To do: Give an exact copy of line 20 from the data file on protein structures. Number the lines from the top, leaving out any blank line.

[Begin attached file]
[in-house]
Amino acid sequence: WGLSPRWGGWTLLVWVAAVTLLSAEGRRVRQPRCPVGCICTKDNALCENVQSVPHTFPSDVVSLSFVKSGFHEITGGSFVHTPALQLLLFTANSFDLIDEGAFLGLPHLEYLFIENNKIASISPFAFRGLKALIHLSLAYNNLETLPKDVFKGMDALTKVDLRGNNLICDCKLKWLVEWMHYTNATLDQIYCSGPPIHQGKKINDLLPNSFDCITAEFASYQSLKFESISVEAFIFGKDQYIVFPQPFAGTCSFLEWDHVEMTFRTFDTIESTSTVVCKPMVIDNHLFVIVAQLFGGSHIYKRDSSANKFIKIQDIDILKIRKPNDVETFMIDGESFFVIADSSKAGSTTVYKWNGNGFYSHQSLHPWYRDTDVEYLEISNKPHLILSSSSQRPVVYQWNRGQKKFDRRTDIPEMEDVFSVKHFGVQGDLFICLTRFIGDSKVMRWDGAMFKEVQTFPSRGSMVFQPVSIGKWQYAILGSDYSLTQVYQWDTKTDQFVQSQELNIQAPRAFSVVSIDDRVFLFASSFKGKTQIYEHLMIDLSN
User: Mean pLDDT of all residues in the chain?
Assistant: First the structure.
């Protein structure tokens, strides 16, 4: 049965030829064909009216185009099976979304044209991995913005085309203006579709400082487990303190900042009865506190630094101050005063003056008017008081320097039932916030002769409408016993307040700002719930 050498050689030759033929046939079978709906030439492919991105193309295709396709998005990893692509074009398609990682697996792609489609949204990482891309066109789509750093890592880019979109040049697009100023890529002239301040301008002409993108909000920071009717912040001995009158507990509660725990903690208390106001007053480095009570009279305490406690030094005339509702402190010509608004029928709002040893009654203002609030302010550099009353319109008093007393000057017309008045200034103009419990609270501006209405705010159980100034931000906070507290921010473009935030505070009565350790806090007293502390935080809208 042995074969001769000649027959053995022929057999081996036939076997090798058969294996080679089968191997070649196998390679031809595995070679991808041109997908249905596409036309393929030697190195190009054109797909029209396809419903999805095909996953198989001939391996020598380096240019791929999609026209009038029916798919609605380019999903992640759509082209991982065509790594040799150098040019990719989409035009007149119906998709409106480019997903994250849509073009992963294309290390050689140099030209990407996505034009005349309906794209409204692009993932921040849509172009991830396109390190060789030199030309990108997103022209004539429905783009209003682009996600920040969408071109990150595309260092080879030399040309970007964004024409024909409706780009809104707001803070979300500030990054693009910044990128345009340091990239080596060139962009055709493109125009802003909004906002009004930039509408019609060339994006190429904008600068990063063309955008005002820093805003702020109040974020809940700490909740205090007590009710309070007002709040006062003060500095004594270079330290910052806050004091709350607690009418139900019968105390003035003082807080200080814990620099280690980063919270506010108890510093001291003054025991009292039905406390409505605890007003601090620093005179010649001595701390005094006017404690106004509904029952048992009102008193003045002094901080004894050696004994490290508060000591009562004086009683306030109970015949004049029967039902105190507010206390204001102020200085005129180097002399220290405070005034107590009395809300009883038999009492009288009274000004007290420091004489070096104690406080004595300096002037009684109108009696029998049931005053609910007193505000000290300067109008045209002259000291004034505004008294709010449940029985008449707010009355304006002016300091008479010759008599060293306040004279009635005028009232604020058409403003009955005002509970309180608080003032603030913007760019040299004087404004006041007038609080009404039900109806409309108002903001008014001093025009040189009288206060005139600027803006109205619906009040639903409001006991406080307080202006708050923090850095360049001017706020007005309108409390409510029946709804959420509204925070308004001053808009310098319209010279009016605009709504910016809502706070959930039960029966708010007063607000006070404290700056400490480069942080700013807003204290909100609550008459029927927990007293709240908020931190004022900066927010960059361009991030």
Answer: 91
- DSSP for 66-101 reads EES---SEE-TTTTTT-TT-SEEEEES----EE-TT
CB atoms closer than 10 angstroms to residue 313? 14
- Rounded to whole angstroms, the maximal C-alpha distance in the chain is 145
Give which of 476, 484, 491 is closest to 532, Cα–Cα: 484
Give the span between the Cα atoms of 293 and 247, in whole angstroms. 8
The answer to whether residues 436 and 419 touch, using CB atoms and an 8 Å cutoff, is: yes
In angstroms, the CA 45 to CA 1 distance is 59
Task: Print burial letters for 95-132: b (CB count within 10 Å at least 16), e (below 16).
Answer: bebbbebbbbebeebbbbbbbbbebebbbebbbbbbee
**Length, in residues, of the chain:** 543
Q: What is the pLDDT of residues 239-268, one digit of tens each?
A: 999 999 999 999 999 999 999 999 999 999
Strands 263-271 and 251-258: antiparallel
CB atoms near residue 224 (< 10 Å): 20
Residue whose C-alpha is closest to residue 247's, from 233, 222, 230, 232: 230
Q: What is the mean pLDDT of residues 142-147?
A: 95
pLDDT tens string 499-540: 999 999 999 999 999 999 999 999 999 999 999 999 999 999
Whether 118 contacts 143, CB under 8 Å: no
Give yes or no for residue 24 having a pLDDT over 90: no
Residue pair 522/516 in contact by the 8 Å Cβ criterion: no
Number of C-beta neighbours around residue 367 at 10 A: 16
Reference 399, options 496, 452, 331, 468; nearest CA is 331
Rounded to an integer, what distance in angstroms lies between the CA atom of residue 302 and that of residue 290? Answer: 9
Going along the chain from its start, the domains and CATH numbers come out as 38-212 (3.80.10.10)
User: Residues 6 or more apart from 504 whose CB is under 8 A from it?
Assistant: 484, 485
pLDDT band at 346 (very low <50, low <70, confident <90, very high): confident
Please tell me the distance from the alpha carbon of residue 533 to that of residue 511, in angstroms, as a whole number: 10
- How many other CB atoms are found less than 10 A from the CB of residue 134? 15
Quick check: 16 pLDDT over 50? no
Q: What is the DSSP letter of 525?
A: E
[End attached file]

CB atoms near residue 224 (< 10 Å): 20